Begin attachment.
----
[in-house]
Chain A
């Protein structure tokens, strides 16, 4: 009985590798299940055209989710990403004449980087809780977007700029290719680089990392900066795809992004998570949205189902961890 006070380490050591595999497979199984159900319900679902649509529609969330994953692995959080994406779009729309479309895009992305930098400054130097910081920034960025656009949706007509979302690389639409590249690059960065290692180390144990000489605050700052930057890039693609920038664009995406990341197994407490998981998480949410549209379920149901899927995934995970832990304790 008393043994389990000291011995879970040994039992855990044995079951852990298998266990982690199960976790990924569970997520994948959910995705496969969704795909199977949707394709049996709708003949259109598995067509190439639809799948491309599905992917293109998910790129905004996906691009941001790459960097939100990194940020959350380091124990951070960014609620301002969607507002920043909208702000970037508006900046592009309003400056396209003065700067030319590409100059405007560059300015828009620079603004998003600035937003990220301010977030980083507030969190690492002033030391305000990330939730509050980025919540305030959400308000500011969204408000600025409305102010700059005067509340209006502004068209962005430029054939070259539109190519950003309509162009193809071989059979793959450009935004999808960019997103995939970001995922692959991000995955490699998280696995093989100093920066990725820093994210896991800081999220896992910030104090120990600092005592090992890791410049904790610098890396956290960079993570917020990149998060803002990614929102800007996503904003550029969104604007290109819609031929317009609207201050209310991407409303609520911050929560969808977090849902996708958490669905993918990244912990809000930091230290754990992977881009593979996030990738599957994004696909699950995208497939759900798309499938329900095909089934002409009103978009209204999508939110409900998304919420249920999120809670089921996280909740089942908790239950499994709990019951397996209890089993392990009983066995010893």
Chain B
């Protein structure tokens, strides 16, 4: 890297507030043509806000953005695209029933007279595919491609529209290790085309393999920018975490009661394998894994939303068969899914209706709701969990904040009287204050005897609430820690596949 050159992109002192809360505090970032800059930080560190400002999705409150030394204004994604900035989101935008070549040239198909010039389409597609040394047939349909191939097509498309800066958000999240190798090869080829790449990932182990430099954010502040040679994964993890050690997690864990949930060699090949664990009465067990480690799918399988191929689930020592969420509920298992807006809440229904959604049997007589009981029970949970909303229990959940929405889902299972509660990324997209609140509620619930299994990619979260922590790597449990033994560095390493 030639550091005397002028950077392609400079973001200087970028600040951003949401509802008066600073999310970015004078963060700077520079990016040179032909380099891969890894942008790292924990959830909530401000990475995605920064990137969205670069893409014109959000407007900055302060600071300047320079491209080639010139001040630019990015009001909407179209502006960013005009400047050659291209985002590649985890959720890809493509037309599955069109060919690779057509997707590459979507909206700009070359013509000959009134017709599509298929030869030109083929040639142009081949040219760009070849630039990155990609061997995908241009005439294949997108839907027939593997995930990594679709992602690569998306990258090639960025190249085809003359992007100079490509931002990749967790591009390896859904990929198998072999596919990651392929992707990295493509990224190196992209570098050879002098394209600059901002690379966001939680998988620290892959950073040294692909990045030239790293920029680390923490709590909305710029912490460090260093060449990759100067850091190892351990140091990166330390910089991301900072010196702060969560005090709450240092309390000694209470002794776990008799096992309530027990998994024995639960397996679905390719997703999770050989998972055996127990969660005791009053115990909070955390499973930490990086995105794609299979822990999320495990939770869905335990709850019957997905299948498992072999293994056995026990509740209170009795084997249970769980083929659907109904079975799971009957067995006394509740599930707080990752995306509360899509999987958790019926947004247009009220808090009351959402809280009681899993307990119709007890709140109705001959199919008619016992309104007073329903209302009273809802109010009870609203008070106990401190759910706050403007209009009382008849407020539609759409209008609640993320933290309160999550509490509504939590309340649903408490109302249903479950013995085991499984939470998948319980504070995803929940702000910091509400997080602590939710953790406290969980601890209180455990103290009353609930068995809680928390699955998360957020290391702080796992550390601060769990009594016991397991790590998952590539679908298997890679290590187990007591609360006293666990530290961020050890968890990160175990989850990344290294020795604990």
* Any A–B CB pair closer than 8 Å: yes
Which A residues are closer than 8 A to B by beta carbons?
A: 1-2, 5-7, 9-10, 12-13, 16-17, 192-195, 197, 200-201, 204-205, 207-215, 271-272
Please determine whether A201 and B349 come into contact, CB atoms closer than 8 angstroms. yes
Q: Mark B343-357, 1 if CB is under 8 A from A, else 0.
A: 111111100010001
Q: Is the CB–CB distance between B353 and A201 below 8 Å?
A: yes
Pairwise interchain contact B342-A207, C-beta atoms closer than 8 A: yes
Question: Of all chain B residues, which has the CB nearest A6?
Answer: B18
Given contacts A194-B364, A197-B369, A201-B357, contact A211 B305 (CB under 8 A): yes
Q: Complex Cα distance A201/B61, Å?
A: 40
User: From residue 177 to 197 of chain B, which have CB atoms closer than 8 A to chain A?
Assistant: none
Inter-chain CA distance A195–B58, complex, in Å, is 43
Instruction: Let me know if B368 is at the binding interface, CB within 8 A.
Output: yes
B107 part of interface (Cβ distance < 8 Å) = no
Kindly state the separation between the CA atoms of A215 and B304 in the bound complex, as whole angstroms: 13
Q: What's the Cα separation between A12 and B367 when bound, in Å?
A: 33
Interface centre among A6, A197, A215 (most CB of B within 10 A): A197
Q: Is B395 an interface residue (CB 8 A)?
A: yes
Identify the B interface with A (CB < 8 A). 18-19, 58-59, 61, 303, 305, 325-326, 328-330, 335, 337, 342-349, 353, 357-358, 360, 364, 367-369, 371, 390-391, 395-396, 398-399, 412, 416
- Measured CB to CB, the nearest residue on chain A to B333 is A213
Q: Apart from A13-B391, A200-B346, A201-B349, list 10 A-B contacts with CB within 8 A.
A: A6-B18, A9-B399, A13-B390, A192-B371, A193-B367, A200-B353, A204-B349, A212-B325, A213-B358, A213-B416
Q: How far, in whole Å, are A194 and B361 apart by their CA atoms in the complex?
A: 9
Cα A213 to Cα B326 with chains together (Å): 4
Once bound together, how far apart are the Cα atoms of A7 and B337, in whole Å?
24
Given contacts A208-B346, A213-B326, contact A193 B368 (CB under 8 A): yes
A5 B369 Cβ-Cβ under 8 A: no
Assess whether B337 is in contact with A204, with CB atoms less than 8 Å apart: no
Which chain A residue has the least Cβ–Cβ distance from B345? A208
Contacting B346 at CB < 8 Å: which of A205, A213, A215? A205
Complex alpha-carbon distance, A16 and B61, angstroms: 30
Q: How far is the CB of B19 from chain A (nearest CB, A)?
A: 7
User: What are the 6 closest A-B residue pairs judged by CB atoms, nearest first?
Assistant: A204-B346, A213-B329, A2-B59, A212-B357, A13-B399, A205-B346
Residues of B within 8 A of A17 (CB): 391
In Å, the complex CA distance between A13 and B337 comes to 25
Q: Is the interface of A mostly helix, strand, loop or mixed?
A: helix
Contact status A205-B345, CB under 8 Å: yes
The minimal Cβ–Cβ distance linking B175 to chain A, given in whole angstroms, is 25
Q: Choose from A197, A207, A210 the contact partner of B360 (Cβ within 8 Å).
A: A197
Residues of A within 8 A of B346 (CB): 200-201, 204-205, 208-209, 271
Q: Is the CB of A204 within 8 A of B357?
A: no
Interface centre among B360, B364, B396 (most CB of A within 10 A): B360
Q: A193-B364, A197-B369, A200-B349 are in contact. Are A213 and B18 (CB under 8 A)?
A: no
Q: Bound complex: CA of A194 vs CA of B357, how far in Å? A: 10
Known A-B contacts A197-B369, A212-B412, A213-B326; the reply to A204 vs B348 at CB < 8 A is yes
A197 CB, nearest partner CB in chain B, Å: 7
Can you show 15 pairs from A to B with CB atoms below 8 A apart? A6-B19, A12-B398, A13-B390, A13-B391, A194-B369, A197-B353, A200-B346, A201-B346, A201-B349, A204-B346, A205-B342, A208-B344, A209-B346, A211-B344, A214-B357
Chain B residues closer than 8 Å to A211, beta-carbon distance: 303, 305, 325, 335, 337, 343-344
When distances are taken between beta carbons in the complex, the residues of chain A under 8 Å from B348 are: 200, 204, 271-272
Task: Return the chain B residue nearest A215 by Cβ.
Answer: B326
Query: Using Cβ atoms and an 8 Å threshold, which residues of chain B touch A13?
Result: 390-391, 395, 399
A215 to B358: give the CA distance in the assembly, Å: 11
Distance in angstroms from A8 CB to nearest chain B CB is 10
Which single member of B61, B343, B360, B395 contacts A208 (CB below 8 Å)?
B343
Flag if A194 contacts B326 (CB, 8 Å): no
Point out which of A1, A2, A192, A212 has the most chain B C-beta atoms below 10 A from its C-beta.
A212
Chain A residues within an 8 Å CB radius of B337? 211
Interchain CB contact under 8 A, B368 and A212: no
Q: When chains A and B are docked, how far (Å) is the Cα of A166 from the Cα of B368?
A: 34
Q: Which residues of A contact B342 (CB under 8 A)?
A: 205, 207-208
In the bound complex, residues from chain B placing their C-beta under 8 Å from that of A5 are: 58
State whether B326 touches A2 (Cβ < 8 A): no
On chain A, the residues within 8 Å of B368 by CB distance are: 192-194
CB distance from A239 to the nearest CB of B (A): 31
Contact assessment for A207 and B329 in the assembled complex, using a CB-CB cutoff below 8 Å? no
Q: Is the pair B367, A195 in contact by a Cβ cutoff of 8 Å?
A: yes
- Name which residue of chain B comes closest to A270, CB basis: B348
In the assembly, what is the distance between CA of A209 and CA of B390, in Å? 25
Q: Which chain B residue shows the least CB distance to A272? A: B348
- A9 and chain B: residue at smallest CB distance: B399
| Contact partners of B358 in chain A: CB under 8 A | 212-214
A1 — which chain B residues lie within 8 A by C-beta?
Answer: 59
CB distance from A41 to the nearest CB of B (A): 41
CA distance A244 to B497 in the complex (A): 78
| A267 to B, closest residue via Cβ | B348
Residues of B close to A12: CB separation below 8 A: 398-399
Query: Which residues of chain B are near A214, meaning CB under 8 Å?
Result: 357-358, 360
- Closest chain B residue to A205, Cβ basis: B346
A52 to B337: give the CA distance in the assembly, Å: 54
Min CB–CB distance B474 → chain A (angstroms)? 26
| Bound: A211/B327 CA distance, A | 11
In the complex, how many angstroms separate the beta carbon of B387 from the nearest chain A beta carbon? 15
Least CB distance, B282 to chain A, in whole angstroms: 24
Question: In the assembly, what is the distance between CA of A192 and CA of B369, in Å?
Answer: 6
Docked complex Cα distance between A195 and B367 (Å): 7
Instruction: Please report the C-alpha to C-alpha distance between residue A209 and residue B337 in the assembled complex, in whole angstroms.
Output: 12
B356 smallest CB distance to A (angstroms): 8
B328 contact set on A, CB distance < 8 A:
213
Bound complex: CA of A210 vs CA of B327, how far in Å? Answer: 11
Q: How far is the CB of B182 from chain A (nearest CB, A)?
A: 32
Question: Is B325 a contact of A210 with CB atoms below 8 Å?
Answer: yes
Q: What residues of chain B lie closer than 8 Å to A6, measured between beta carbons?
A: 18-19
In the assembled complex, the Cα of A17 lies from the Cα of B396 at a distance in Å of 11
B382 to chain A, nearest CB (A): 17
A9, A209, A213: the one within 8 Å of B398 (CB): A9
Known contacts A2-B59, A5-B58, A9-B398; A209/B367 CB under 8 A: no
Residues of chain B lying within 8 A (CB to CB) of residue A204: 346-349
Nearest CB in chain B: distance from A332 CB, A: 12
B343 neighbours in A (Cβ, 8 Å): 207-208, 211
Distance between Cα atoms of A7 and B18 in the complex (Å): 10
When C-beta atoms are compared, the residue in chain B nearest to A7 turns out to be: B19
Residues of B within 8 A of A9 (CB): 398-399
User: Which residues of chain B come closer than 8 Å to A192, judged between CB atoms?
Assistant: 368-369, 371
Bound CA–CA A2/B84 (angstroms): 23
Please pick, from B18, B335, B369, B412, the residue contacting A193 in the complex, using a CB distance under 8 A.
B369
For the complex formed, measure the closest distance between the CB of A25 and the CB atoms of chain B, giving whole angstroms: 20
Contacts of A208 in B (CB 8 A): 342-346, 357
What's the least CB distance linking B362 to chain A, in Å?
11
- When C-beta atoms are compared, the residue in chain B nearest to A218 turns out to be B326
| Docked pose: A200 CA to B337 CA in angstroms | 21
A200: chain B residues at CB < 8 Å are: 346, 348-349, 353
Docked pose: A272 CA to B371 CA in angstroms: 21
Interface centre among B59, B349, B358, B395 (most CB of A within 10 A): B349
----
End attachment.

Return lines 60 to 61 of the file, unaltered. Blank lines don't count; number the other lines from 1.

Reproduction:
Q: Is the CB of A204 within 8 A of B357?
A: no